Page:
Murphy’s Wild Rice
Memories and the connection food has to them is often the topic of my blog posts.
If you read my site at all, you know that I generally show my love for people by feeding them. I really love to feed people. I need to feed my family and friends. I just want to give all the food to all the people all the time. Maybe I have a bit of Italian grandmother in my heritage….
Life itself needs food to survive and our lives rotate around mealtimes and eating. What better way to show warmth and support and love than to share your table with those you care for most in your life? I have witnessed this unbridled hospitality many times growing up and knew early on that food, while basic in our need for it, can be a powerful thing. Indeed, it has the ability to heal, damage, soothe, and hold us hostage. It can make us crave, ache, and weep with joy. Yes, I could be describing an episode of Downton Abbey, but in this case, I am referring to a really good hamburger. Or a perfectly made apple pie. Or that casserole that only your Mom seems to make juuuuuuuuust right.
Or this wild rice.
Amongst the circle of my family, this rice is rather famous. When you grow up eating something and it becomes part of you and your memories, you assume that everyone will enjoy it as much as you do. How could someone NOT love Aunt Fluffy’s steak and kidney pie? Or Cousin Fred’s lutefisk sandwiches? For example, my husband goes on and ON about how good it is to eat Grape Nuts with coffee instead of milk, and no matter how much he tries to convince me of it, I resist. It never occurs to him that it is weird or strange or, well, icky. It is simply how those in his house ate it and when you love something that much, you want everyone else to love it that much too. Family dishes are as important as our genealogy and as legendary as family lore.
In this case, I learned young that this really IS something everyone loves as much as my family. Relatives, friends, acquaintances, spouses, co-workers, and everyone in-between; they all love this rice. It is most definitely magical.
Why? Because it is simple. Because it has bacon, and it is good. Because it has great texture, and it is good. It is even better leftover and it is very good.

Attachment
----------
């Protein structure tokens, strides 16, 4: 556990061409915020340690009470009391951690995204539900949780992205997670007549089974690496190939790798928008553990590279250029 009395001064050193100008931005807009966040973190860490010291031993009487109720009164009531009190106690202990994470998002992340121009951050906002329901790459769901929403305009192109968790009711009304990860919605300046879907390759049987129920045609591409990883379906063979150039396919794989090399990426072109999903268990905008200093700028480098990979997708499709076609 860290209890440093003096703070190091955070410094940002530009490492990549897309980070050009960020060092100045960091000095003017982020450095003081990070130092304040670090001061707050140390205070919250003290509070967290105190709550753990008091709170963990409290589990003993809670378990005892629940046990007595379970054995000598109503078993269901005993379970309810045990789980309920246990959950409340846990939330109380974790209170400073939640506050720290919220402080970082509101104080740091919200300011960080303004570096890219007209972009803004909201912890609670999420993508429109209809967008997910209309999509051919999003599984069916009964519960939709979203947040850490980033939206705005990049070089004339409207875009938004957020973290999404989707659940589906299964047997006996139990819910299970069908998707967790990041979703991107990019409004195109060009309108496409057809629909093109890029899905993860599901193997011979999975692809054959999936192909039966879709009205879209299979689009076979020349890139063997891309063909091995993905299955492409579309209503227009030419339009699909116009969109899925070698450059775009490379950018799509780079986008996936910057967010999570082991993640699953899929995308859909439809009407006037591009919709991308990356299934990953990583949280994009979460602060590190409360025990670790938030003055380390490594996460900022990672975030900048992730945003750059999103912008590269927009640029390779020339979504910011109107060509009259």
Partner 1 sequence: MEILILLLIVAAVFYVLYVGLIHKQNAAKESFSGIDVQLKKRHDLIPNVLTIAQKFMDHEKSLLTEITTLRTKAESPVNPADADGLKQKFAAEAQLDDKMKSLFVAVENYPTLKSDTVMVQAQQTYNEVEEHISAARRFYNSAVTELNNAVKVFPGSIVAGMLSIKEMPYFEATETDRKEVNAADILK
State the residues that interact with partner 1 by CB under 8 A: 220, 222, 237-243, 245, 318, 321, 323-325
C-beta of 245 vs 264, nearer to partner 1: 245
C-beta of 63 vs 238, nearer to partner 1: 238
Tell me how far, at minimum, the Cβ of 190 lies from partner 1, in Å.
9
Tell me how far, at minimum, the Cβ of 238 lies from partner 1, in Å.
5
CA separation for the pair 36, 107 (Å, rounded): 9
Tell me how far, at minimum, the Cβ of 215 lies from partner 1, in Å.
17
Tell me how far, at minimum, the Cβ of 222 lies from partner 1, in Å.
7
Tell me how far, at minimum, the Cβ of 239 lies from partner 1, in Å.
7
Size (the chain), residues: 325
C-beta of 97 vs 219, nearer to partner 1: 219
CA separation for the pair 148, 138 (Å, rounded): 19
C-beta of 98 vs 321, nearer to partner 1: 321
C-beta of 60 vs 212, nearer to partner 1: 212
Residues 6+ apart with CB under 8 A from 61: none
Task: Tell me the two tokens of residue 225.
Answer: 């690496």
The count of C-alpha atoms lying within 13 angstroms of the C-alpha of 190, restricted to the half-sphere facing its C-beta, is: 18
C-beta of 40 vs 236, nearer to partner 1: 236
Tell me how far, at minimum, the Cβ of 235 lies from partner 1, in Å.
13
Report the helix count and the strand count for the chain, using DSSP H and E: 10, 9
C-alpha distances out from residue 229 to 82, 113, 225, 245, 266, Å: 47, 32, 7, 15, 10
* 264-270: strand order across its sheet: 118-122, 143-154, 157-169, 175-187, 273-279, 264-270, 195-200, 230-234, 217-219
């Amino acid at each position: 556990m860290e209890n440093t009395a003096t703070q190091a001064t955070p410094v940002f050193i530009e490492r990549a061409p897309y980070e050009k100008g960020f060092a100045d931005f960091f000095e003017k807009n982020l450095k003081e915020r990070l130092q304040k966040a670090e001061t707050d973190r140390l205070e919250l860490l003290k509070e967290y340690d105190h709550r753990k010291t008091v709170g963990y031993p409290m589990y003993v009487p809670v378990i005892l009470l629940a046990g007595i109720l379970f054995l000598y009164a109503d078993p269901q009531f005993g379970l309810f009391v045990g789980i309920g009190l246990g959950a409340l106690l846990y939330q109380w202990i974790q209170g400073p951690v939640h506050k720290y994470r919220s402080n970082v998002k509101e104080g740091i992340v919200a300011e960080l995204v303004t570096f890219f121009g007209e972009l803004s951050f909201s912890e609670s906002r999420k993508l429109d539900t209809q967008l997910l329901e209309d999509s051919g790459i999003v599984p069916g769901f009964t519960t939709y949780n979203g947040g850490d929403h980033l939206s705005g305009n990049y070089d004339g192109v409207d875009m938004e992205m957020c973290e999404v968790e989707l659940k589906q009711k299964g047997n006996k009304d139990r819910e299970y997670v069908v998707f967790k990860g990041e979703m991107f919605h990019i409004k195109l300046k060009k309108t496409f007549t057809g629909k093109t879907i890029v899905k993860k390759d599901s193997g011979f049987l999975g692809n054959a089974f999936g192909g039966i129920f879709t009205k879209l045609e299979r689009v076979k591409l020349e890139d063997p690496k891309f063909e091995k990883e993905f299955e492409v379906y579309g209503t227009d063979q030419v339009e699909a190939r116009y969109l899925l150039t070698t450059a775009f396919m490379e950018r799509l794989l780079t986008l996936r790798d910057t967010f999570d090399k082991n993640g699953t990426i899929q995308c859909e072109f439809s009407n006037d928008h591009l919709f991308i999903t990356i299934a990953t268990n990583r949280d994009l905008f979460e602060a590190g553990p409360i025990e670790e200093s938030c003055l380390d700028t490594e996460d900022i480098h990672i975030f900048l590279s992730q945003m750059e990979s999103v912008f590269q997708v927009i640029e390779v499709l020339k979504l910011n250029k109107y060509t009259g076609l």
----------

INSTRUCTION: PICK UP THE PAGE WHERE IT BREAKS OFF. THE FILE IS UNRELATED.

Never had wild rice before? Don’t fret. You cook it just like regular rice. Even though I grew up eating it in Minnesota where it is widely available and a staple in our diet (Ever heard of Creamy Chicken & Wild Rice Soup? Gaaaaaahhhhhhhh) it isn’t all that different from other rice so it transfers well to other regions. It is nutritionally dense and has more protein than any other rice. It is also high in fiber, low in fat, and like all rice, gluten-free.
It is also beautiful, yes? Fluffy and gorgeous, this rice can make your heart beat fast in anticipation! Our favorite way to enjoy it is with anything roasted; duck, turkey, chicken, you name it. It is excellent. It is also perfect with fish of any kind. Piled up on a plate with a veggie makes for an awesome light supper.
I realize that since you have no direct emotional family connection to this dish, it will more than likely not make you weep with joy. However, I DO hope that you will make it for your own legendary family table. For like most food, it tastes better when you share it with family and friends. Murphy’s Wild Rice
This rice is called Murphy’s because that is my Dad’s name, and he is the one that makes it. Until now, as far as I know, he is the only one that makes it. I was given his blessing when I asked to post it here. It is actually more for my benefit that anything else. I don’t live in the same timezone as my parents and I want to be able to recreate it when the mood strikes. This is even better on day two and it is outrageously good when mixed with scrambled eggs.
1 c wild rice, long grain and still with the outer hull
1/4 lb, 4 slices or so, good smokey bacon, diced small (1/4 inch)
1 small onion, diced small
1 stalk celery, diced small
1/4 c diced mushrooms, fresh or canned
1/2 tsp garlic powder
salt and pepper
cayenne to taste
Cook the wild rice in plenty of boiling water (just like you would pasta) until popped. The rice will split and curl beautifully when it is cooked. This will take 30-40 minutes. Drain well. In the meantime, sauté the bacon until cooked, but not crispy. Add the remaining ingredients and season with salt and pepper, going light on the salt due to the bacon. Cook over medium-medium low heat until veggies are translucent. You don’t want to fry everything, just sauté. Set aside. When rice is done, mix everything together in a bowl and taste for seasoning. Rice should be peppery and well seasoned, but not garlicky. This can be made a day ahead of time, simply cool and cover. When ready to serve, just microwave with a large pat of butter, stir, and enjoy!